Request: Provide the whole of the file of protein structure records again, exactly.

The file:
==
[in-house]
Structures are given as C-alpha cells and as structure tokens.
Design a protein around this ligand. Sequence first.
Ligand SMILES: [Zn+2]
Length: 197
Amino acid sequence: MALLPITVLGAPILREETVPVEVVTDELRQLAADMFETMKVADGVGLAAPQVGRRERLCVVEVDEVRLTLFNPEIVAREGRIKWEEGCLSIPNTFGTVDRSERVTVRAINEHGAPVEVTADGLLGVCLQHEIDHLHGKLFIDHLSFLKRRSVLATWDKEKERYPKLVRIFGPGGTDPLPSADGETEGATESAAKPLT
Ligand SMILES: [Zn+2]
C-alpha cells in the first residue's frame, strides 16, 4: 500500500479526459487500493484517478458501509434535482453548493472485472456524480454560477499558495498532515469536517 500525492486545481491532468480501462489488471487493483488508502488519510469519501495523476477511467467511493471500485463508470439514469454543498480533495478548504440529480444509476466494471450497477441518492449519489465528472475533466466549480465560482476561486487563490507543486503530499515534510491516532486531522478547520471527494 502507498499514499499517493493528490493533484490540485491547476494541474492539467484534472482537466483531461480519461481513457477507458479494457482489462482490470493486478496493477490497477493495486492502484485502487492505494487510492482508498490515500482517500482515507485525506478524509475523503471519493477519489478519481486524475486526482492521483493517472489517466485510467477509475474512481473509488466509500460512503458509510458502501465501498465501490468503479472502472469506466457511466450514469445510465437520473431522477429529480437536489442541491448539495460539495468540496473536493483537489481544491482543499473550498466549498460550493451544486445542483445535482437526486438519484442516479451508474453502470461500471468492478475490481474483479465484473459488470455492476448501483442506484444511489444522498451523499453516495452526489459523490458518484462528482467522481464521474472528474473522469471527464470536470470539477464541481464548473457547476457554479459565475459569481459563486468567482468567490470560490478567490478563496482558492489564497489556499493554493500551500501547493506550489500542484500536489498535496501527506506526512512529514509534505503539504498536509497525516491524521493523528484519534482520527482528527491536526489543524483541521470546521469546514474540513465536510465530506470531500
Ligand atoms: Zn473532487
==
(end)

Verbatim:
[in-house]
Structures are given as C-alpha cells and as structure tokens.
Design a protein around this ligand. Sequence first.
Ligand SMILES: [Zn+2]
Length: 197
Amino acid sequence: MALLPITVLGAPILREETVPVEVVTDELRQLAADMFETMKVADGVGLAAPQVGRRERLCVVEVDEVRLTLFNPEIVAREGRIKWEEGCLSIPNTFGTVDRSERVTVRAINEHGAPVEVTADGLLGVCLQHEIDHLHGKLFIDHLSFLKRRSVLATWDKEKERYPKLVRIFGPGGTDPLPSADGETEGATESAAKPLT
Ligand SMILES: [Zn+2]
C-alpha cells in the first residue's frame, strides 16, 4: 500500500479526459487500493484517478458501509434535482453548493472485472456524480454560477499558495498532515469536517 500525492486545481491532468480501462489488471487493483488508502488519510469519501495523476477511467467511493471500485463508470439514469454543498480533495478548504440529480444509476466494471450497477441518492449519489465528472475533466466549480465560482476561486487563490507543486503530499515534510491516532486531522478547520471527494 502507498499514499499517493493528490493533484490540485491547476494541474492539467484534472482537466483531461480519461481513457477507458479494457482489462482490470493486478496493477490497477493495486492502484485502487492505494487510492482508498490515500482517500482515507485525506478524509475523503471519493477519489478519481486524475486526482492521483493517472489517466485510467477509475474512481473509488466509500460512503458509510458502501465501498465501490468503479472502472469506466457511466450514469445510465437520473431522477429529480437536489442541491448539495460539495468540496473536493483537489481544491482543499473550498466549498460550493451544486445542483445535482437526486438519484442516479451508474453502470461500471468492478475490481474483479465484473459488470455492476448501483442506484444511489444522498451523499453516495452526489459523490458518484462528482467522481464521474472528474473522469471527464470536470470539477464541481464548473457547476457554479459565475459569481459563486468567482468567490470560490478567490478563496482558492489564497489556499493554493500551500501547493506550489500542484500536489498535496501527506506526512512529514509534505503539504498536509497525516491524521493523528484519534482520527482528527491536526489543524483541521470546521469546514474540513465536510465530506470531500
Ligand atoms: Zn473532487